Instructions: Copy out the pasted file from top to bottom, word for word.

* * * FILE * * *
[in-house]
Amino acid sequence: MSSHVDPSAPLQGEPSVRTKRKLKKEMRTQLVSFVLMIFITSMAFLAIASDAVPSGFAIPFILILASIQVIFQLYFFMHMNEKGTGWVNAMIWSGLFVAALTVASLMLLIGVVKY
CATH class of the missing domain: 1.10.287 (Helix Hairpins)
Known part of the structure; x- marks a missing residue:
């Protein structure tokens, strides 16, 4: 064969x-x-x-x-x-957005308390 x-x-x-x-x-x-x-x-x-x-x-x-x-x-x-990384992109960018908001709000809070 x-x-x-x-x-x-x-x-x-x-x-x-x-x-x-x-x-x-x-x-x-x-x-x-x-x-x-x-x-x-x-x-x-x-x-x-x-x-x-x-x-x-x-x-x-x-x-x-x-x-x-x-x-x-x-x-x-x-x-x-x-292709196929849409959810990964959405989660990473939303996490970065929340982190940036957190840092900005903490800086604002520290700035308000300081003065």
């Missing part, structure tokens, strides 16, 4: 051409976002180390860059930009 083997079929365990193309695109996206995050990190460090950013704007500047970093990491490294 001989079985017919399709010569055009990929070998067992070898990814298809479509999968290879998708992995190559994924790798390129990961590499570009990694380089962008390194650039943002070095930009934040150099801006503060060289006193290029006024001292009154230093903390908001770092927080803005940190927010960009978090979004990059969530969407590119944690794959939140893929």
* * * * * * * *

[in-house]
Amino acid sequence: MSSHVDPSAPLQGEPSVRTKRKLKKEMRTQLVSFVLMIFITSMAFLAIASDAVPSGFAIPFILILASIQVIFQLYFFMHMNEKGTGWVNAMIWSGLFVAALTVASLMLLIGVVKY
CATH class of the missing domain: 1.10.287 (Helix Hairpins)
Known part of the structure; x- marks a missing residue:
């Protein structure tokens, strides 16, 4: 064969x-x-x-x-x-957005308390 x-x-x-x-x-x-x-x-x-x-x-x-x-x-x-990384992109960018908001709000809070 x-x-x-x-x-x-x-x-x-x-x-x-x-x-x-x-x-x-x-x-x-x-x-x-x-x-x-x-x-x-x-x-x-x-x-x-x-x-x-x-x-x-x-x-x-x-x-x-x-x-x-x-x-x-x-x-x-x-x-x-x-292709196929849409959810990964959405989660990473939303996490970065929340982190940036957190840092900005903490800086604002520290700035308000300081003065």
């Missing part, structure tokens, strides 16, 4: 051409976002180390860059930009 083997079929365990193309695109996206995050990190460090950013704007500047970093990491490294 001989079985017919399709010569055009990929070998067992070898990814298809479509999968290879998708992995190559994924790798390129990961590499570009990694380089962008390194650039943002070095930009934040150099801006503060060289006193290029006024001292009154230093903390908001770092927080803005940190927010960009978090979004990059969530969407590119944690794959939140893929």